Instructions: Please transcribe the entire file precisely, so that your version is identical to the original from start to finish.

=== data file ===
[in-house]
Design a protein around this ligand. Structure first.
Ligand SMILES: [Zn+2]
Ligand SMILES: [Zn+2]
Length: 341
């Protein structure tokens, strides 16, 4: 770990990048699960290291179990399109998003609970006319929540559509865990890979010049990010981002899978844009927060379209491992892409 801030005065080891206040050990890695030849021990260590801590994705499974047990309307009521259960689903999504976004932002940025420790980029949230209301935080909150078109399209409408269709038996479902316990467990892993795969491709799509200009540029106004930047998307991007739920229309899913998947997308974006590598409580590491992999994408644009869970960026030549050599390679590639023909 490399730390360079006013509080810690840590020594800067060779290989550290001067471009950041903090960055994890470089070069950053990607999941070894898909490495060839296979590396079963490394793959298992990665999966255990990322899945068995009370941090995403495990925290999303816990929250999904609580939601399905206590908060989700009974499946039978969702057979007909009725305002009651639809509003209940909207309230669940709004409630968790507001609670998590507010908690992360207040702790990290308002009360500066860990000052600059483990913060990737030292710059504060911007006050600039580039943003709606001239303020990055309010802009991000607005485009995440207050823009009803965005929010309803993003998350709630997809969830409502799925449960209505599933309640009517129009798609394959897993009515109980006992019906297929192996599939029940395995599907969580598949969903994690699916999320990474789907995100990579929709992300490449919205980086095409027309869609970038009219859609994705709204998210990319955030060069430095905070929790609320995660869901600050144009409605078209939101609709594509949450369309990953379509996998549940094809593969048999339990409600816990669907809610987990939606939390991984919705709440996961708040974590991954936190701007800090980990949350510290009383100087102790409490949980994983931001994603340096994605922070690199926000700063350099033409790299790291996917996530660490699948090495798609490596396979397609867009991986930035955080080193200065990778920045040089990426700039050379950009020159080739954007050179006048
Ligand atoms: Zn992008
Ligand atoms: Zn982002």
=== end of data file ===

[in-house]
Design a protein around this ligand. Structure first.
Ligand SMILES: [Zn+2]
Ligand SMILES: [Zn+2]
Length: 341
């Protein structure tokens, strides 16, 4: 770990990048699960290291179990399109998003609970006319929540559509865990890979010049990010981002899978844009927060379209491992892409 801030005065080891206040050990890695030849021990260590801590994705499974047990309307009521259960689903999504976004932002940025420790980029949230209301935080909150078109399209409408269709038996479902316990467990892993795969491709799509200009540029106004930047998307991007739920229309899913998947997308974006590598409580590491992999994408644009869970960026030549050599390679590639023909 490399730390360079006013509080810690840590020594800067060779290989550290001067471009950041903090960055994890470089070069950053990607999941070894898909490495060839296979590396079963490394793959298992990665999966255990990322899945068995009370941090995403495990925290999303816990929250999904609580939601399905206590908060989700009974499946039978969702057979007909009725305002009651639809509003209940909207309230669940709004409630968790507001609670998590507010908690992360207040702790990290308002009360500066860990000052600059483990913060990737030292710059504060911007006050600039580039943003709606001239303020990055309010802009991000607005485009995440207050823009009803965005929010309803993003998350709630997809969830409502799925449960209505599933309640009517129009798609394959897993009515109980006992019906297929192996599939029940395995599907969580598949969903994690699916999320990474789907995100990579929709992300490449919205980086095409027309869609970038009219859609994705709204998210990319955030060069430095905070929790609320995660869901600050144009409605078209939101609709594509949450369309990953379509996998549940094809593969048999339990409600816990669907809610987990939606939390991984919705709440996961708040974590991954936190701007800090980990949350510290009383100087102790409490949980994983931001994603340096994605922070690199926000700063350099033409790299790291996917996530660490699948090495798609490596396979397609867009991986930035955080080193200065990778920045040089990426700039050379950009020159080739954007050179006048
Ligand atoms: Zn992008
Ligand atoms: Zn982002």